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Understanding how 'hate' hurts: a case study of working with offenders and potential offenders

Research output: Contribution in Book/Report/ProceedingsChapter (peer-reviewed)


  • Paul Iganski
  • Karen Ainsworth
  • Laura Geraghty
  • Spyridoula Lagou
  • Nafysa Patel

Associated organisational unit

Publication date05/2014
Host publicationResponding to hate crime: the case for connecting policy and research
EditorsNeil Chakraborti, Jon Garland
Place of publicationBristol
PublisherPolicy Press
Number of pages12
<mark>Original language</mark>English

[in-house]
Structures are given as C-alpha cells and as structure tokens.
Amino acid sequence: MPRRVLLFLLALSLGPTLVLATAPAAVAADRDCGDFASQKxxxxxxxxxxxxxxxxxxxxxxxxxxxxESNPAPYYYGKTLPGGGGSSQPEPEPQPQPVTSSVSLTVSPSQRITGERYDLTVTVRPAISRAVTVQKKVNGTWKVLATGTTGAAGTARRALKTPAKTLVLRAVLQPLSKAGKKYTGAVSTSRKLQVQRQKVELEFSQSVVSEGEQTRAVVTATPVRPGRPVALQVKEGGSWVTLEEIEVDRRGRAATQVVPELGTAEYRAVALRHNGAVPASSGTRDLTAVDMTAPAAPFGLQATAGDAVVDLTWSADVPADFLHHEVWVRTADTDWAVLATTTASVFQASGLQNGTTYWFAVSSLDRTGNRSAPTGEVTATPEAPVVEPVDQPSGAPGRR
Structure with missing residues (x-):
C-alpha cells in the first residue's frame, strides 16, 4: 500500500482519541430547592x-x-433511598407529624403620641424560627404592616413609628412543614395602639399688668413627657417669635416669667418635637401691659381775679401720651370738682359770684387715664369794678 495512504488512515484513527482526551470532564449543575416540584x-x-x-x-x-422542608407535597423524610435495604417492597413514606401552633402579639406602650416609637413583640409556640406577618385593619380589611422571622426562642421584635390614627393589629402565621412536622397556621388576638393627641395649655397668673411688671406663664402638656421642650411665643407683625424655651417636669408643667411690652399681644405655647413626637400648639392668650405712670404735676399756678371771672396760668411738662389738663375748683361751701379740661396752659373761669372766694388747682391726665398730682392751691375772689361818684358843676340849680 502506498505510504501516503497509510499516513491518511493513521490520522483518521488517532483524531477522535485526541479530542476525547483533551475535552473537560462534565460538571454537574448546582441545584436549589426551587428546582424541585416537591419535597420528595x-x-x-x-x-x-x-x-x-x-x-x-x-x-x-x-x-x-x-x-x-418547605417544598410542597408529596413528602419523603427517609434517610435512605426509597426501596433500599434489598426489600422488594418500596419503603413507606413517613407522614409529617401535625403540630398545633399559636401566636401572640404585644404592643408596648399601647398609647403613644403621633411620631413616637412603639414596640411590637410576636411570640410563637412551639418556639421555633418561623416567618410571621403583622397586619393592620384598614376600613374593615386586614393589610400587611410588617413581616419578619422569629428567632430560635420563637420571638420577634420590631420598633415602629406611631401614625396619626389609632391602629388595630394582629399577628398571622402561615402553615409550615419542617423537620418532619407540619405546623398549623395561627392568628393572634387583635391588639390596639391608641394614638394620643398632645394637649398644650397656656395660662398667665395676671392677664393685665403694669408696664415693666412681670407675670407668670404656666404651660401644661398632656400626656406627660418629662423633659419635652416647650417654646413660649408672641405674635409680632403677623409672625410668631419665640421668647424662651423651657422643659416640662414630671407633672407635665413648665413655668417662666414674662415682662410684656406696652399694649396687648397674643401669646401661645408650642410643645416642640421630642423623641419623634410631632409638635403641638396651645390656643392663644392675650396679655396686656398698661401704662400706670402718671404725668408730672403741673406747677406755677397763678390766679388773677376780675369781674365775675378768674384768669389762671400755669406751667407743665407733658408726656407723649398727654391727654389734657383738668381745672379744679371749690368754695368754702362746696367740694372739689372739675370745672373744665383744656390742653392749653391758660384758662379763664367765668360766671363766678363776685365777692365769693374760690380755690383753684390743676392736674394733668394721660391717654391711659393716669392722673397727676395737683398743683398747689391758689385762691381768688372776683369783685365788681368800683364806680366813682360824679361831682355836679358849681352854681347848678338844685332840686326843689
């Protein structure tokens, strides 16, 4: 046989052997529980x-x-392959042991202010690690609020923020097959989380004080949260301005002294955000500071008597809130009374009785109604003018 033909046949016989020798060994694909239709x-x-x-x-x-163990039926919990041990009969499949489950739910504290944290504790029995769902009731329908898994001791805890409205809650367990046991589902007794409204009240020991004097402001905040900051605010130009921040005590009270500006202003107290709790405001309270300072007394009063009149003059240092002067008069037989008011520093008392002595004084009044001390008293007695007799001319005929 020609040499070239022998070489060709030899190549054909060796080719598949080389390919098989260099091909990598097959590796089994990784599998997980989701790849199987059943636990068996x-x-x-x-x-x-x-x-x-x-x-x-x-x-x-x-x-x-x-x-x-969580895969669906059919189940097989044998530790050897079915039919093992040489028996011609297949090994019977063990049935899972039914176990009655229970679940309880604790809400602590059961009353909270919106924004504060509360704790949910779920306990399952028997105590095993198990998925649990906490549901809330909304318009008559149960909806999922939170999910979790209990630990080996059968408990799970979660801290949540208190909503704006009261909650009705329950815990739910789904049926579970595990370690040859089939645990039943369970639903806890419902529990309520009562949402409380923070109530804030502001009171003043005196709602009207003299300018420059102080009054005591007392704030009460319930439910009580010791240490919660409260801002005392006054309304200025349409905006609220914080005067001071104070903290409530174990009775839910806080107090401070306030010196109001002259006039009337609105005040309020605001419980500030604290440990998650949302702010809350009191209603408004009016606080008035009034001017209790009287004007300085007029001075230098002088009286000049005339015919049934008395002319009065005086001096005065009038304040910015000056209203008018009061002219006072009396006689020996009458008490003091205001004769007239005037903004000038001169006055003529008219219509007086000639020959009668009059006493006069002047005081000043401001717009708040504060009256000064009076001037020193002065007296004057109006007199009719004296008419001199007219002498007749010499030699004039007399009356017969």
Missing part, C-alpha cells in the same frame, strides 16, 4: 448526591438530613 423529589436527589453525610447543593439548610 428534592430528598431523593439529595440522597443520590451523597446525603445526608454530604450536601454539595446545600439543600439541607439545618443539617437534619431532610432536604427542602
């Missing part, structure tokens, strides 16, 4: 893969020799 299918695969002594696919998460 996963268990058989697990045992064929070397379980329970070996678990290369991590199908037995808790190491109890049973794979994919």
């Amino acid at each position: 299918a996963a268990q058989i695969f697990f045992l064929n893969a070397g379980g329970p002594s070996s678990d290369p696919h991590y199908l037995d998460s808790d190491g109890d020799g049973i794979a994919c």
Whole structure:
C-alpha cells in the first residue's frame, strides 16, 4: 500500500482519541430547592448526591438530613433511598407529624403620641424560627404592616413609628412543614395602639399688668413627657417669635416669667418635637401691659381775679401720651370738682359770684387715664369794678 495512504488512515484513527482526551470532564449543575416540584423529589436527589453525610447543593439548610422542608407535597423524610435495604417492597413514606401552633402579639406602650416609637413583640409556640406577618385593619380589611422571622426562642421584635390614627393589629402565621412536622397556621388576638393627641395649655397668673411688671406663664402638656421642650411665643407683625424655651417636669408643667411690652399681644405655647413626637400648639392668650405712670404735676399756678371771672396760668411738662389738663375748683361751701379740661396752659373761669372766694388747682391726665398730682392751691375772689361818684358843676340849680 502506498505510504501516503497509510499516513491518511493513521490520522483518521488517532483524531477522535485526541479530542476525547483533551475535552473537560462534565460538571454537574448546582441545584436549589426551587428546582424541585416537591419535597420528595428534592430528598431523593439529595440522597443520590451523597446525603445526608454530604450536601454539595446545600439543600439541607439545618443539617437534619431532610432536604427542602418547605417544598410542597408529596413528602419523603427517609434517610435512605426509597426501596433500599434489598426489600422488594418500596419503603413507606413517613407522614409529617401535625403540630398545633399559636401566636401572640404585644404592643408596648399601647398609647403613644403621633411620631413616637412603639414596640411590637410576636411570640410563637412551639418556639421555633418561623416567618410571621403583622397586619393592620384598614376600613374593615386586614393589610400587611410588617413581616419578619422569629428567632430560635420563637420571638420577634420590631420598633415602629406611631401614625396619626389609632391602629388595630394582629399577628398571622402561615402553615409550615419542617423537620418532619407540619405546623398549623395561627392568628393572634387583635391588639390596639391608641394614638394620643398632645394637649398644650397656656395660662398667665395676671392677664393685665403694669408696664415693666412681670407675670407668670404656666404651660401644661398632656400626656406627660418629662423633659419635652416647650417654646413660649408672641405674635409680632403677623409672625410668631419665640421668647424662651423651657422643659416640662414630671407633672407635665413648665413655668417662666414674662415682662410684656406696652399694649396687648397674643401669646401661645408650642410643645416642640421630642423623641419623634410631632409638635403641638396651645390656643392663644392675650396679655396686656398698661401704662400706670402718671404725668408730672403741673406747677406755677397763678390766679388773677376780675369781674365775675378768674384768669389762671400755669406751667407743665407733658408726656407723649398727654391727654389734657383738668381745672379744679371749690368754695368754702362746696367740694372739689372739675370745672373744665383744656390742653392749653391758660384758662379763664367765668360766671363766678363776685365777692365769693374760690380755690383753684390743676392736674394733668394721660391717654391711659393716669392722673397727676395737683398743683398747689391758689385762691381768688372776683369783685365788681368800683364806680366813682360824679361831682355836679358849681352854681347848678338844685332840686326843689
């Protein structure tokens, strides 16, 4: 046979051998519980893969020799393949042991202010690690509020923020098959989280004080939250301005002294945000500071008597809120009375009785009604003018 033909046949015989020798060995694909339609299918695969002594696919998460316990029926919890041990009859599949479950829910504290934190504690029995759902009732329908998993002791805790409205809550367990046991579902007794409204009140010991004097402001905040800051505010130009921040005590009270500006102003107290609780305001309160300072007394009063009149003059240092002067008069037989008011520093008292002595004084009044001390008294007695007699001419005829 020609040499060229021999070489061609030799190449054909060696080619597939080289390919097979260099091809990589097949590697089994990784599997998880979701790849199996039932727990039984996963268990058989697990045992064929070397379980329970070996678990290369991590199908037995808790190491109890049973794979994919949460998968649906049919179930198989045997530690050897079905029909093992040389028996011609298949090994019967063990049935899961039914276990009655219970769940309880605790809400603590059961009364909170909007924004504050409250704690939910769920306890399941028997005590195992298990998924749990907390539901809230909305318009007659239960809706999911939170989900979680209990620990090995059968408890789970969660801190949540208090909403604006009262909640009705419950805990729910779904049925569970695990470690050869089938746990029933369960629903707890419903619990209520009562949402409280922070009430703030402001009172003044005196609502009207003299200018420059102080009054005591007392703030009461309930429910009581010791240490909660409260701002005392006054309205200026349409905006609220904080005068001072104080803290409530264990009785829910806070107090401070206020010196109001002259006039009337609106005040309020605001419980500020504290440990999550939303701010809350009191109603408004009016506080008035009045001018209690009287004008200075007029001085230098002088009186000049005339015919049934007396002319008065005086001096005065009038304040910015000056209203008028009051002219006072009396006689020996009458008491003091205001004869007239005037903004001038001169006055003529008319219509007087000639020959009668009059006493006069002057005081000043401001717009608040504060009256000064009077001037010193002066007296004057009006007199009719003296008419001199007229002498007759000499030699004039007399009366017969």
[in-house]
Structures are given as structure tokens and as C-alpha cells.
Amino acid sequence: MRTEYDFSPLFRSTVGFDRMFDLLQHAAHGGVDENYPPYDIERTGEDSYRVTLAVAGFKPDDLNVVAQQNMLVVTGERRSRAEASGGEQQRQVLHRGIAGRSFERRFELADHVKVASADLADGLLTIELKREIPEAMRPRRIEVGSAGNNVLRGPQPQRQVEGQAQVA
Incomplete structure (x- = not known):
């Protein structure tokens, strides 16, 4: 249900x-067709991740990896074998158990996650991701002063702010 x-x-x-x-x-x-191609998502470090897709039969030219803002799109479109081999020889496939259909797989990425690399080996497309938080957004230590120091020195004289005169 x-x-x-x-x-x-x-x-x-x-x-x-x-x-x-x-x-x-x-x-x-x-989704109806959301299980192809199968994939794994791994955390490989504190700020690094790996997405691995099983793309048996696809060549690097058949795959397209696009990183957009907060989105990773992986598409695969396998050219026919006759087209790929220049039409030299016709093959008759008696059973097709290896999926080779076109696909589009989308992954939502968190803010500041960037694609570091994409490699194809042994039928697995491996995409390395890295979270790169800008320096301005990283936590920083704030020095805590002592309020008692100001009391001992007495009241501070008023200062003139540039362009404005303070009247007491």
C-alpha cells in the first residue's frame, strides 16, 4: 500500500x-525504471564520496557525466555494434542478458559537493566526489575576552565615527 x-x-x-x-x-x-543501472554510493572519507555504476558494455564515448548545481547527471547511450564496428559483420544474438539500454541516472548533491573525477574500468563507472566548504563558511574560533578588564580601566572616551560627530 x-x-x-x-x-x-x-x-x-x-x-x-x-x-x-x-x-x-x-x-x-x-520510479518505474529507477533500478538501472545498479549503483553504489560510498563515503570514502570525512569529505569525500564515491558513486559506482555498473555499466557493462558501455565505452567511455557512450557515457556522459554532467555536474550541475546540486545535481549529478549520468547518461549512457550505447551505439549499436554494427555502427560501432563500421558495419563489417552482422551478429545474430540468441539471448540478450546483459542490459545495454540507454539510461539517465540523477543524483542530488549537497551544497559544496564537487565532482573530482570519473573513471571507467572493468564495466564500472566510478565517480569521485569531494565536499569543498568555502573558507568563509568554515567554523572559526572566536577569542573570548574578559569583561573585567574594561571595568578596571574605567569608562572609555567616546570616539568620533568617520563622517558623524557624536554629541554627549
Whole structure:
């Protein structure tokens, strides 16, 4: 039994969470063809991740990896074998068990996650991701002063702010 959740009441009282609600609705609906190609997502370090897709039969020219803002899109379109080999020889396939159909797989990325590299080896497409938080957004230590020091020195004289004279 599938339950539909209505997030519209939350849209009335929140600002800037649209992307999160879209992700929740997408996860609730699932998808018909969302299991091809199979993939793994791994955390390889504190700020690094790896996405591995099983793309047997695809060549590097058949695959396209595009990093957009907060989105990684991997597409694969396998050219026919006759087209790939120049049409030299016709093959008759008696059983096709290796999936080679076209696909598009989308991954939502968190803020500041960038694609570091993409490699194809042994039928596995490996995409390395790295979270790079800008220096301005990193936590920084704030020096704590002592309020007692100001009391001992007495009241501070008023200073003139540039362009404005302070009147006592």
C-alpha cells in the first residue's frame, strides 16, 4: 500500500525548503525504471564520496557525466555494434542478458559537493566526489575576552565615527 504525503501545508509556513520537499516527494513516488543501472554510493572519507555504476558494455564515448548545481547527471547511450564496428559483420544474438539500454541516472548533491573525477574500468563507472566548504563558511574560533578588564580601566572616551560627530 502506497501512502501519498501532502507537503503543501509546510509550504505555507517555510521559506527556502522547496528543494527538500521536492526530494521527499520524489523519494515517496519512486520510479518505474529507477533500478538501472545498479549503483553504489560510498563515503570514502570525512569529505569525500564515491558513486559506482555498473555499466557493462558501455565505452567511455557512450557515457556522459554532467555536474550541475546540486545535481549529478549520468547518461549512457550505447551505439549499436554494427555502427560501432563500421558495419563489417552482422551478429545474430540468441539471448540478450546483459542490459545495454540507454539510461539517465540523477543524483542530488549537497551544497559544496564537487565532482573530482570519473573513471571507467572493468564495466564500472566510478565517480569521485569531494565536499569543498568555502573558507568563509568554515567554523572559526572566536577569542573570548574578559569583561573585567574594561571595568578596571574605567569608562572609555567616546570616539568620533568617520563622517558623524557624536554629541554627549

Few so-called ‘hate crime’ offenders truly hate their victims. Arguably, too, many such offenders do not foresee the depth of hurt their crimes can inflict. Recognising that many acts of ‘hate crime’ are rather more complex than offenders simply venting ‘hate’ to inflict deep hurts opens-up the potential for working with offenders to enable them to appreciate the impacts and consequences of their actions and possibly prevent future offending. This essay offers two case studies from evaluations of projects in the north west of England to illustrate how understanding about the hurts of ‘hate crime’ can be used in working with offenders and potential offenders on the principle that if empathy for the victim can be engendered then those who do not truly ‘hate’ might think twice before acting in the future, or acting again in the way they had done so before.